9. gecko*

    Hey AAM runners! I’m looking for some advice–even if that advice is just “check out this other forum instead of here” :) Especially from people who remember being at my level relatively recently.

    I’m a beginning regular exerciser & a beginning runner–basically, in ~February I started a couch-to-5k app, and I finished that a couple months ago. I’ve gone from not being able to jog more than a few minutes to being able to jog at a really slow pace for a good while (really slow like, a 14 minute mile to stay conversational).

    So my question is basically…where do I go from here? I’d love to get faster, and eventually to be able to manage a half-marathon distance–there are, however, so many bits of advice online that I have no idea what’s reasonable for me to do & how fast results happen. How do I sift through all that to figure out what I should be doing & do you have advice on measuring progress so it feels satisfying?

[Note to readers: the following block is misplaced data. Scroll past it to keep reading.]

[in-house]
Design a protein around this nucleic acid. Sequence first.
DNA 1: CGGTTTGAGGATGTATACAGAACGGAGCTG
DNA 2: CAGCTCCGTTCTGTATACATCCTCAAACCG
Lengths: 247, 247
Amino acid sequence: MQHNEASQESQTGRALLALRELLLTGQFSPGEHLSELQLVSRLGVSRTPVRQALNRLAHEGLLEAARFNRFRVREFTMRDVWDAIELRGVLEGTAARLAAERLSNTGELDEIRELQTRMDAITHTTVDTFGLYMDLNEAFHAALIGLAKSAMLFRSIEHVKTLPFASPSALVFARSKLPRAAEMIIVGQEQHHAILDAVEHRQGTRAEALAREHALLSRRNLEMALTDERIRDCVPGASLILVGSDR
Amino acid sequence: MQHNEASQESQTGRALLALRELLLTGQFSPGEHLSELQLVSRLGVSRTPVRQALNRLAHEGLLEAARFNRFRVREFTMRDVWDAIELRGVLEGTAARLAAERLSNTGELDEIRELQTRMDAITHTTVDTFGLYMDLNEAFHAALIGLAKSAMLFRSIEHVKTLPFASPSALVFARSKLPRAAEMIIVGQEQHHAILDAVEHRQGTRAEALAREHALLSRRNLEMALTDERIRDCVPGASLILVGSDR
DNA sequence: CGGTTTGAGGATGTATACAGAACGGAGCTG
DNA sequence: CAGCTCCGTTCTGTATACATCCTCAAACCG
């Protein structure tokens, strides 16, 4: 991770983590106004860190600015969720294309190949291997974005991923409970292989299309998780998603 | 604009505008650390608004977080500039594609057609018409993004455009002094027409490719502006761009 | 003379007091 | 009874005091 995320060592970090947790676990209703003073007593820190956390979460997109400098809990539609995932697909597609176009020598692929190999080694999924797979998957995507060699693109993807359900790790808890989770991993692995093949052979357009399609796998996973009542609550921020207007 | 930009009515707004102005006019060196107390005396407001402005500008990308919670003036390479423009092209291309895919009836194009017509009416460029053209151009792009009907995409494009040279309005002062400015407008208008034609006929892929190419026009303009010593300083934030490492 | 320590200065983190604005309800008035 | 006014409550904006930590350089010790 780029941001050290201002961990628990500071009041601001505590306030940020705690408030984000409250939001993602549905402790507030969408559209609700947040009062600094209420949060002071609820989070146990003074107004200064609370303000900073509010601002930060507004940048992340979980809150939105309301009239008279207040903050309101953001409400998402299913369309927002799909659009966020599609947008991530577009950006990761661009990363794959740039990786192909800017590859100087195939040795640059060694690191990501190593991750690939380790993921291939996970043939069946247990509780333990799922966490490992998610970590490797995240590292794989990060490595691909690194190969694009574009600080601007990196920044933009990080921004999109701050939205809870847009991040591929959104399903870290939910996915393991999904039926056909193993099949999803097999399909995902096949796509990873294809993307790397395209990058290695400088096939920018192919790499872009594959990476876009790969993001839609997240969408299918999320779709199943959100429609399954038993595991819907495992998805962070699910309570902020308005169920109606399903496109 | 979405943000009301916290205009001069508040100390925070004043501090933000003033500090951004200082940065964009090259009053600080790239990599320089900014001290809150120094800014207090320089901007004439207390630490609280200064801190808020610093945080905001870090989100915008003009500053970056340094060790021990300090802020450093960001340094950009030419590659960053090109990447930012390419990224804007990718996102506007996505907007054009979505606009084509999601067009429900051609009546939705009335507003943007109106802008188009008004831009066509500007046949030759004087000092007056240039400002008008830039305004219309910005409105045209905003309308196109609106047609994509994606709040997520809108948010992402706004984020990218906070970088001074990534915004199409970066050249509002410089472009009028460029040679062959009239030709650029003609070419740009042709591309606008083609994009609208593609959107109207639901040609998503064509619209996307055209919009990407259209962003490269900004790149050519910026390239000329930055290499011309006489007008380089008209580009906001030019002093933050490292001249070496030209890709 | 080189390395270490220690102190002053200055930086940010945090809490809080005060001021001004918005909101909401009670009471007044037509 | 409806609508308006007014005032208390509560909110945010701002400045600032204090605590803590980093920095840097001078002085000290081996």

1. CarefreeRunner*

      An uneducated runner here… I’ve never used them myself, but the Hal Higdon guides always looked good. Personally I just run for as long as I feel like and increase distance… but I’ve gone from none to ~12 miles a day over 3 months. A lot of this stuff is reallllly variable on the person. The important thing is to listen to your body – if you HURT, like really hurt, not just the normal soreness – stop and reevaluate.

      I can’t talk about measuring progress so it’s satisfying because I don’t! So on that note, all I can recommend is enjoying the running itself – a good podcast or album makes running the highlight of my day.

      1. The Librarian (not the type from TNT)*

        When you feel comfortable doing so, sign up for a 10K. That was my gateway drug to longer distances.